How to Cook a Pot of Mixed Beans

by Kelly Morris

Beans are high in protein, high in fiber, and low in fat, according to the U.S. Dry Bean Council. A pot of mixed beans is simple to prepare and makes a nutritious meal. It’s a great choice for those on a tight budget, too. You can purchase bags of mixed beans at your favorite grocery store or you can select bags of your favorite varieties of beans and mix them together yourself. Add your favorite seasonings and any other ingredients you like and call it dinner.

Spread your dry beans on a kitchen towel and sort through them, removing any broken or shriveled beans, stones and other debris.

Rinse the sorted beans in cool running water.

Put the beans in a large bowl and cover them with 2 or 3 inches of water, then let them soak overnight. According to Whole Foods Market, this removes some of the indigestible sugars from the beans that tend to cause flatulence in many people.

Drain and rinse the beans.

Put the beans in a large pot and cover with two or three inches of water, stock, or broth. Whole Foods Market recommends not adding salt to the water because it interferes with the softening of the beans. Use low sodium broth or stock or begin cooking your beans in water and add broth or stock with salt partway through the cooking process. Wait until the beans are nearly done to add any seasonings.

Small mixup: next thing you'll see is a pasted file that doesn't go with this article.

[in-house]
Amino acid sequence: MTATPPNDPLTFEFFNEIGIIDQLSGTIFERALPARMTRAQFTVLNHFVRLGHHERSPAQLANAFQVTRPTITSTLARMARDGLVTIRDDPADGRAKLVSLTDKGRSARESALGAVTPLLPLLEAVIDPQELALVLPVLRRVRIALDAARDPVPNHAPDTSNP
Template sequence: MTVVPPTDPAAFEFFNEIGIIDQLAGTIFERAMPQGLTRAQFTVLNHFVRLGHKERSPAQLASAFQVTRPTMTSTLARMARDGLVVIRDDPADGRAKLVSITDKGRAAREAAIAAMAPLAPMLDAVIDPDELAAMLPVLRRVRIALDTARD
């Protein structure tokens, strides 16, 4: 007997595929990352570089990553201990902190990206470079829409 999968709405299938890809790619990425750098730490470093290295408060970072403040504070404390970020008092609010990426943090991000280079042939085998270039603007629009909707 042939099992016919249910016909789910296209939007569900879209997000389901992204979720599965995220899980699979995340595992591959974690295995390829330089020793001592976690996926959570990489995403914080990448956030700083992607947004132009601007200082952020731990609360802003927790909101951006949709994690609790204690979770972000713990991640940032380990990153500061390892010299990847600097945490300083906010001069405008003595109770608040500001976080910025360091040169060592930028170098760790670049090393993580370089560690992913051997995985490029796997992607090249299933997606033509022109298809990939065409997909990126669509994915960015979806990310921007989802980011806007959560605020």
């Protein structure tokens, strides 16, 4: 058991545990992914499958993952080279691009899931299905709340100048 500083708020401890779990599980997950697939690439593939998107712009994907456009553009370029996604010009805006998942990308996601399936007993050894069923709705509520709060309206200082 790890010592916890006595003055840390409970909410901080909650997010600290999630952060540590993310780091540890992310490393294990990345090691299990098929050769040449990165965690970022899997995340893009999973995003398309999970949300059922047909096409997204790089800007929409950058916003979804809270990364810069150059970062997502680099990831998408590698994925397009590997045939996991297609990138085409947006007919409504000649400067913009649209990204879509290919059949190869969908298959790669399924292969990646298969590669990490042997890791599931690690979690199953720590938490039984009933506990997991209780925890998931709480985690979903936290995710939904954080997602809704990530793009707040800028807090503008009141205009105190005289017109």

Bring the pot to a boil, then cover the pot, reduce the heat and simmer the beans, stirring occasionally and adding more liquid if needed. Cooking time varies depending on the size of the beans, type of beans and the age of the beans. A pot of mixed beans should take one to two hours to cook. Beans are done when they are tender enough to be mashed with a fork.

Add desired seasonings or other ingredients, like ham, bacon, onions or peppers, when the beans are about halfway done cooking.

Add salt and any acidic ingredients like tomatoes when the beans are almost done, as these ingredients can affect the cooking process, according to What’s Cooking America.

Items you will need

  • Dried mixed beans
  • Kitchen towel
  • Large Bowl
  • Large pot
  • Water
  • Stock or broth
  • Desired seasonings and other ingredients


  • Add a couple bay leaves or a generous pinch of cumin to your beans while cooking them to reduce their gas-producing properties, as suggested by Whole Foods Market.

About the Author

Kelly Morris has been making a living as a writer since 2004. She attended the College of Mount St. Joseph with a major in social work and minor in women's studies. Her work has appeared in a number of print publications including Caregivers Home Companion, Midwifery Today and Guide.

Photo Credits

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